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What Think-Aloud Protocols Can Teach Us about How People Manage Political Information
Unformatted Document Text:  skill at identifying and using the rules in a situation to affect outcomes; and (3) skill at using political information to arrive at well-argued political positions. The centerpiece of the course has become a series of legislative-style simulations on hot political issues – e.g., school prayer, affirmative action, and the war on terror. While the simulation has implications for helping build all of the skills listed above, this paper focuses on the final skill item – information skills. As such, I highlight those aspects of the simulations most relevant to building this skill set; interested readers can consult Bernstein (2008) for more information on the simulations or the other skills being built in the course. Building Information Skills One of the most important skills I aim to teach in this class concerns what I call “information skills.” Simply put, citizens today are bombarded with information on every conceivable topic. Imagine telling a student to Google “Barack Obama” if he or she wished to discover whether to vote for Obama. The student might be drawn to websites that offer unbiased information; alternatively, he or she might be drawn to sites that are biased on one way or another. The reliability of each site might be called into question, since anyone with technological skill could set up a webpage that, on the face of it, appears to be accurate and truthful. Thus, a central goal of the course becomes building “information literacy” on the part of my students (see Association of College and Research Libraries 2000; Mackey and Jacobson 2005). In order to help build information skills, students are given a packet of readings about two weeks before each simulation begins. The packet includes about ten short (1-2 page) articles on the issue in question, selected in such a way that they represent the collection of information out there about the issue (most sources were, at one point or another, top-30 Google hits on the subject). The readings come from a multiple of ideological positions – far left to far right, and many points in between. They also sample the reliability scale, and their use of evidence ranges from quite elegant and complete to rather sketchy and misleading. The goal is to share with students the range of material they would confront if they began to explore the issue on their own. 4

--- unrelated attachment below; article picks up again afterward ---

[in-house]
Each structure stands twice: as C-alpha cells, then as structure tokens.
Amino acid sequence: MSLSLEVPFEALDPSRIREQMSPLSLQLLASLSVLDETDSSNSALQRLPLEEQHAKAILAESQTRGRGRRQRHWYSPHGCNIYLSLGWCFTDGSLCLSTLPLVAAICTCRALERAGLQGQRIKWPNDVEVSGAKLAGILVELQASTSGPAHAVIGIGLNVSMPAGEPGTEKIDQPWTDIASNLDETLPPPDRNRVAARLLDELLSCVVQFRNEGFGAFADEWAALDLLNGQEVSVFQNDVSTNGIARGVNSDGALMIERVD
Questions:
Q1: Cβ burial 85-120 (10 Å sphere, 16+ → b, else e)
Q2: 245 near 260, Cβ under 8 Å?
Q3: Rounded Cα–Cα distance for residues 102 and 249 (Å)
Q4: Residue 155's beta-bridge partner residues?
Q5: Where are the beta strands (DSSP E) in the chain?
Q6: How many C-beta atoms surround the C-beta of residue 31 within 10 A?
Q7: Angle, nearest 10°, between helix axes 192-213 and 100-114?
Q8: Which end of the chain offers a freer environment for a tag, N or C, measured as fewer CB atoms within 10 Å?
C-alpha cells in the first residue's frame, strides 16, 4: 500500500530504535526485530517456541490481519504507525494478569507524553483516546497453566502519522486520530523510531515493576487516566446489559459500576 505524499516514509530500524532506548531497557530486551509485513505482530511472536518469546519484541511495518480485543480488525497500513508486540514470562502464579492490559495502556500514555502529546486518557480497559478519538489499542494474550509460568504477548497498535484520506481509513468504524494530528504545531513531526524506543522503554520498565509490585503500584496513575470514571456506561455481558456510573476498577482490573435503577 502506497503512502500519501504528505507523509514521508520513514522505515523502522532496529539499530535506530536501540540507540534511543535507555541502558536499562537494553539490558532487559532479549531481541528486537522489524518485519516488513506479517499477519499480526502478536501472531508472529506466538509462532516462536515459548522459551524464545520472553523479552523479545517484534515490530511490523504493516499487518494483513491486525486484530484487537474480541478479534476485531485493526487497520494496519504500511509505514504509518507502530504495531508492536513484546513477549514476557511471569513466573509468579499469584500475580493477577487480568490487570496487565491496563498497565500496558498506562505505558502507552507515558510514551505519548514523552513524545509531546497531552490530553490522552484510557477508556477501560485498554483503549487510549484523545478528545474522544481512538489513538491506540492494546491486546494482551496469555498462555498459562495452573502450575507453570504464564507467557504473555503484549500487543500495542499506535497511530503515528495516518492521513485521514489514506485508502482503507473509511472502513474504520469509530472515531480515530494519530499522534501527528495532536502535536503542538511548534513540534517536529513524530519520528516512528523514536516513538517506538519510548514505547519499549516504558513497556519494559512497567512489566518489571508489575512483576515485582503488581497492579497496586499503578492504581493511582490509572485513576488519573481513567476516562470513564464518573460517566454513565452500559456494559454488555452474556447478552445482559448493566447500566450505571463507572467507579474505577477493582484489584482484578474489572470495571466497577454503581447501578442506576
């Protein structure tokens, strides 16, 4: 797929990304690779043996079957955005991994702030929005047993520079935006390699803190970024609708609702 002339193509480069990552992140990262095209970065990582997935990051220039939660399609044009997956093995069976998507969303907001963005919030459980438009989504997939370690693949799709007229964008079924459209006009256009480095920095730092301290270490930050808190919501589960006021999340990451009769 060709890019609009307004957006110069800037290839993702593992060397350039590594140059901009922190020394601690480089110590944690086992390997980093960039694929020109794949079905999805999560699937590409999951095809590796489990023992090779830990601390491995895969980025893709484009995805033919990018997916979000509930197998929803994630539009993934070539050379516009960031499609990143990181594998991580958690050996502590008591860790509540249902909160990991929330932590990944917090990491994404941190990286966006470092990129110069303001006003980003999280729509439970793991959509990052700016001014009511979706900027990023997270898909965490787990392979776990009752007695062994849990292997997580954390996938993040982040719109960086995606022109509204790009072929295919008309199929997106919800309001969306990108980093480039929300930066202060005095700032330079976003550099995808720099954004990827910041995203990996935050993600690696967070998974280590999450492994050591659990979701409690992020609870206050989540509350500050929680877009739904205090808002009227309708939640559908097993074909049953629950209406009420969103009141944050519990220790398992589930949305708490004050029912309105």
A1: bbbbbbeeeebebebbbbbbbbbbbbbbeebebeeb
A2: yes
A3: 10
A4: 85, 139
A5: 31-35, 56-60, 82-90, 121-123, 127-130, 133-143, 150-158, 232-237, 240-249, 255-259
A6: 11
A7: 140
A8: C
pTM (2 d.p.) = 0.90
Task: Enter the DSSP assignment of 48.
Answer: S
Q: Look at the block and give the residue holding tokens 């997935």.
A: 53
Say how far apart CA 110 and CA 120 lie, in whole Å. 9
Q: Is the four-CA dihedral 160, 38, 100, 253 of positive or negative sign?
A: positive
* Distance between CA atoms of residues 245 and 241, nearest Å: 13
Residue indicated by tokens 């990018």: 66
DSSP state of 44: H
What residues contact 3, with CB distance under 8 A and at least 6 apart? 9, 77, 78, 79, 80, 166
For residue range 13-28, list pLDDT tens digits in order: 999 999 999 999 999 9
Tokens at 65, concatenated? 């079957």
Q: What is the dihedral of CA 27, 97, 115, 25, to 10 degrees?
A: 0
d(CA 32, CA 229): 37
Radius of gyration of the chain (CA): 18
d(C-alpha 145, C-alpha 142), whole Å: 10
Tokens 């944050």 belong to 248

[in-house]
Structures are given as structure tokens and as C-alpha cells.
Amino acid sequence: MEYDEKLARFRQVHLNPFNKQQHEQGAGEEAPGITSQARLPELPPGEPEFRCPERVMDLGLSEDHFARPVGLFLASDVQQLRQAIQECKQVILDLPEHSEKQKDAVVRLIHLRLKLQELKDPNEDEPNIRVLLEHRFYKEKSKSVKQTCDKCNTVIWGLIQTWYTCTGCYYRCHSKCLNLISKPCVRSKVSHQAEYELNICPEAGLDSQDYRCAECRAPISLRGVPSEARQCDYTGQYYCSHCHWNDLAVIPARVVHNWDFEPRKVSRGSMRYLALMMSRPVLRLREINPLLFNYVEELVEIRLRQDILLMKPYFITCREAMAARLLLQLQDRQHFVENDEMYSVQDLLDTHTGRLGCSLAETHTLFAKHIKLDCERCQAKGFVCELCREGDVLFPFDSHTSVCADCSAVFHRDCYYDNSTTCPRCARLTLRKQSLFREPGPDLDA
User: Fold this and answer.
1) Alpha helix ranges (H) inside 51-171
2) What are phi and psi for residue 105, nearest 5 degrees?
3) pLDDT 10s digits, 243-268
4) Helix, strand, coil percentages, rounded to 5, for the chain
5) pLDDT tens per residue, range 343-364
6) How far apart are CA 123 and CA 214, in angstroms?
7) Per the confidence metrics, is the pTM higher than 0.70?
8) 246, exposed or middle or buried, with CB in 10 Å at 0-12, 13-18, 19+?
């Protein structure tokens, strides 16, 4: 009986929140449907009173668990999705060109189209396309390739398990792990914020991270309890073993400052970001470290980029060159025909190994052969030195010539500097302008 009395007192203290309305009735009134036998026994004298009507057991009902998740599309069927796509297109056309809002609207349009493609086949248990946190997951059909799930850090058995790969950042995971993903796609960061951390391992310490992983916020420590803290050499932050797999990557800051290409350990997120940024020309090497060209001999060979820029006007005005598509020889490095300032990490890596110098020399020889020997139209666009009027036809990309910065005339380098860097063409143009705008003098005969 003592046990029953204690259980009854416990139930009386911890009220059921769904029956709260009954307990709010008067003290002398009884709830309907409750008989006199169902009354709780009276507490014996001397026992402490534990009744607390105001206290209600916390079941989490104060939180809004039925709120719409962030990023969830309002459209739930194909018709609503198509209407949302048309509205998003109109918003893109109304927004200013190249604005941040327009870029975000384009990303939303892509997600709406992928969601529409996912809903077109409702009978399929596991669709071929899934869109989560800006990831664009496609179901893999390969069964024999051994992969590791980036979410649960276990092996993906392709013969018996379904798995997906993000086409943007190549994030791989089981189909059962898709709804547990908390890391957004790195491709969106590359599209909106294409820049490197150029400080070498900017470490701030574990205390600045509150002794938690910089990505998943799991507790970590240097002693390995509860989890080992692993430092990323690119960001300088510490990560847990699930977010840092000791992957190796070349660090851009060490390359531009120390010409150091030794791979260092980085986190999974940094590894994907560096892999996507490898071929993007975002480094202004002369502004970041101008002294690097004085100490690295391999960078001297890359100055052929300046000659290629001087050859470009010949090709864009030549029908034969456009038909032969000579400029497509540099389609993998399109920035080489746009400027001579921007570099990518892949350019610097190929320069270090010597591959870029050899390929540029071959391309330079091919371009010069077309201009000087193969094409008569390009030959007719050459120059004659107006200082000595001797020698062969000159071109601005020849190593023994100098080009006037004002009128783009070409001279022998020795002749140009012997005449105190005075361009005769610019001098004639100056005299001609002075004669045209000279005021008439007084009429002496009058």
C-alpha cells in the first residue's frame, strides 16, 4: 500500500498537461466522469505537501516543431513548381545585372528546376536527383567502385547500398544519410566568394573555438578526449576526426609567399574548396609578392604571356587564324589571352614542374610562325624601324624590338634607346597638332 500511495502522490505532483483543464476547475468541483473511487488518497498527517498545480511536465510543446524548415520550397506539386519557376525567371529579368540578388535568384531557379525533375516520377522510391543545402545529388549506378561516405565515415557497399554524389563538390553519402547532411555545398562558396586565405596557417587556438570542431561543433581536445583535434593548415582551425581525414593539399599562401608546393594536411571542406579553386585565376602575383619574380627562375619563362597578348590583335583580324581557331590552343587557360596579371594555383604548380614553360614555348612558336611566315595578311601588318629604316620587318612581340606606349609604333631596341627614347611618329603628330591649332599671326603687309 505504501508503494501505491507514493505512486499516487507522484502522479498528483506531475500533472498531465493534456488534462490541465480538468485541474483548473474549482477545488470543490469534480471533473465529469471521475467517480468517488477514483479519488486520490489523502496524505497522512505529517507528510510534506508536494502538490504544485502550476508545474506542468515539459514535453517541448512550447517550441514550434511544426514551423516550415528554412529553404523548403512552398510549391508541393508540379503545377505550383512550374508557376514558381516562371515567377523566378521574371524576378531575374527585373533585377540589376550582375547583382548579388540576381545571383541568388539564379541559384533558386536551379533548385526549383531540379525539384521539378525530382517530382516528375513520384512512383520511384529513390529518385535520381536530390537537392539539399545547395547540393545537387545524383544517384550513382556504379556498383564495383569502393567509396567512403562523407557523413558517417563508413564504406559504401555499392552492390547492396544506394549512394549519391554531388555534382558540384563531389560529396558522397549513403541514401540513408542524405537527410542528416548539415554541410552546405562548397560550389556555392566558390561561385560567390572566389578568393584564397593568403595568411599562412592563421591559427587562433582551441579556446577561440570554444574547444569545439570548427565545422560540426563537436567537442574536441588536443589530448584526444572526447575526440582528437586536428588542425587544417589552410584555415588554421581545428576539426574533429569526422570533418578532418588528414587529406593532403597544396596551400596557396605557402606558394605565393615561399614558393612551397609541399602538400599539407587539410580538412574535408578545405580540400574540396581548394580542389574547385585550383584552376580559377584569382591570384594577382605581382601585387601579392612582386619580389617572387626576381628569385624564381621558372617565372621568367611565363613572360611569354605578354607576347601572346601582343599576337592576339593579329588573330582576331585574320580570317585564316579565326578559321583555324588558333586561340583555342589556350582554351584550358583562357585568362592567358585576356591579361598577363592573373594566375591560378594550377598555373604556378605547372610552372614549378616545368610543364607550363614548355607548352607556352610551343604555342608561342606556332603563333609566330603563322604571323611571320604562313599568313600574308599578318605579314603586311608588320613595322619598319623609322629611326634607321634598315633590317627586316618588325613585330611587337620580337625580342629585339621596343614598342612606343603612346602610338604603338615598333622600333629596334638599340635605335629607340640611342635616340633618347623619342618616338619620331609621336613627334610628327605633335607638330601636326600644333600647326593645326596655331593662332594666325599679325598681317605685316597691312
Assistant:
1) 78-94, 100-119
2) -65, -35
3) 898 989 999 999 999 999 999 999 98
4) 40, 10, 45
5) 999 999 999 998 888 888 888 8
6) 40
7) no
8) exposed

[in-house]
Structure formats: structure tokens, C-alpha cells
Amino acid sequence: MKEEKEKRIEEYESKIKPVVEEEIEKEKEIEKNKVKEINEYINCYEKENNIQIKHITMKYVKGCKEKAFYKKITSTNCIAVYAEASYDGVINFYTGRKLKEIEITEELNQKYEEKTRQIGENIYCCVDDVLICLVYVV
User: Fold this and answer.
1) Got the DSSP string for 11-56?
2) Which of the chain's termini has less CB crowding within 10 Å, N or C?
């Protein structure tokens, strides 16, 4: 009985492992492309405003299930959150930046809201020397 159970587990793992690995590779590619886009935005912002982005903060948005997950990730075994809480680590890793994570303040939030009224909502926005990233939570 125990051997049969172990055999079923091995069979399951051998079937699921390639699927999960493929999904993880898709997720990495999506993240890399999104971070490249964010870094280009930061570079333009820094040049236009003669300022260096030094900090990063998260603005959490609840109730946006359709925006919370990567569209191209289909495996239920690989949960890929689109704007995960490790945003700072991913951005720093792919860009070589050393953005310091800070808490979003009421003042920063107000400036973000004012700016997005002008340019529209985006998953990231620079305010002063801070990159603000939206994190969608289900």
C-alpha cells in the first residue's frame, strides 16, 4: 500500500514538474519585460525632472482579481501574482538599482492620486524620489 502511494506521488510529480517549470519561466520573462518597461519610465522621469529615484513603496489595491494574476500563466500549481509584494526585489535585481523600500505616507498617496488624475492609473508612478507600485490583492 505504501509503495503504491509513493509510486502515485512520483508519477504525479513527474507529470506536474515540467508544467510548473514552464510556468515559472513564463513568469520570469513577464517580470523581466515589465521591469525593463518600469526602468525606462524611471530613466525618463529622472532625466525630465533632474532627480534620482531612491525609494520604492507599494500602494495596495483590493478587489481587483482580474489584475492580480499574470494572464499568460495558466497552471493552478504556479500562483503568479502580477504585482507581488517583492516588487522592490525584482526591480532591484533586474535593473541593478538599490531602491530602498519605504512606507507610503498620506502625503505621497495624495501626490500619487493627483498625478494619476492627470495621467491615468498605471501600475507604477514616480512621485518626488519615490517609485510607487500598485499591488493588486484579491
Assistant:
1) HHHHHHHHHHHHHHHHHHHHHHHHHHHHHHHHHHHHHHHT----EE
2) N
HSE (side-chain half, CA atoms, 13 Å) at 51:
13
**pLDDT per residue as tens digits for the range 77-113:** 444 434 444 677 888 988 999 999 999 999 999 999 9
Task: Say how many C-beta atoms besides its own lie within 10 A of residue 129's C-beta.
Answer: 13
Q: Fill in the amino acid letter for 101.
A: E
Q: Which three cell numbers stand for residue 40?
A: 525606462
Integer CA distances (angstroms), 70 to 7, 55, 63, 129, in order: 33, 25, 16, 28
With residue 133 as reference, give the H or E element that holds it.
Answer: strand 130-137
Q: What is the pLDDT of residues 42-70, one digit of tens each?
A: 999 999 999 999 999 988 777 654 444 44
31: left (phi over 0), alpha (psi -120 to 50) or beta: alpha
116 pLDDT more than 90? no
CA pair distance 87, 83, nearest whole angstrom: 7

Authors: Bernstein, Jeffrey.
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skill at identifying and using the rules in a situation to affect outcomes; and (3) skill at
using political information to arrive at well-argued political positions.
The centerpiece of the course has become a series of legislative-style simulations
on hot political issues – e.g., school prayer, affirmative action, and the war on terror.
While the simulation has implications for helping build all of the skills listed above, this
paper focuses on the final skill item – information skills. As such, I highlight those
aspects of the simulations most relevant to building this skill set; interested readers can
consult Bernstein (2008) for more information on the simulations or the other skills being
built in the course.
Building Information Skills
One of the most important skills I aim to teach in this class concerns what I call
“information skills.” Simply put, citizens today are bombarded with information on
every conceivable topic. Imagine telling a student to Google “Barack Obama” if he or
she wished to discover whether to vote for Obama. The student might be drawn to
websites that offer unbiased information; alternatively, he or she might be drawn to sites
that are biased on one way or another. The reliability of each site might be called into
question, since anyone with technological skill could set up a webpage that, on the face
of it, appears to be accurate and truthful. Thus, a central goal of the course becomes
building “information literacy” on the part of my students (see Association of College
and Research Libraries 2000; Mackey and Jacobson 2005).
In order to help build information skills, students are given a packet of readings
about two weeks before each simulation begins. The packet includes about ten short (1-2
page) articles on the issue in question, selected in such a way that they represent the
collection of information out there about the issue (most sources were, at one point or
another, top-30 Google hits on the subject). The readings come from a multiple of
ideological positions – far left to far right, and many points in between. They also sample
the reliability scale, and their use of evidence ranges from quite elegant and complete to
rather sketchy and misleading. The goal is to share with students the range of material
they would confront if they began to explore the issue on their own.
4


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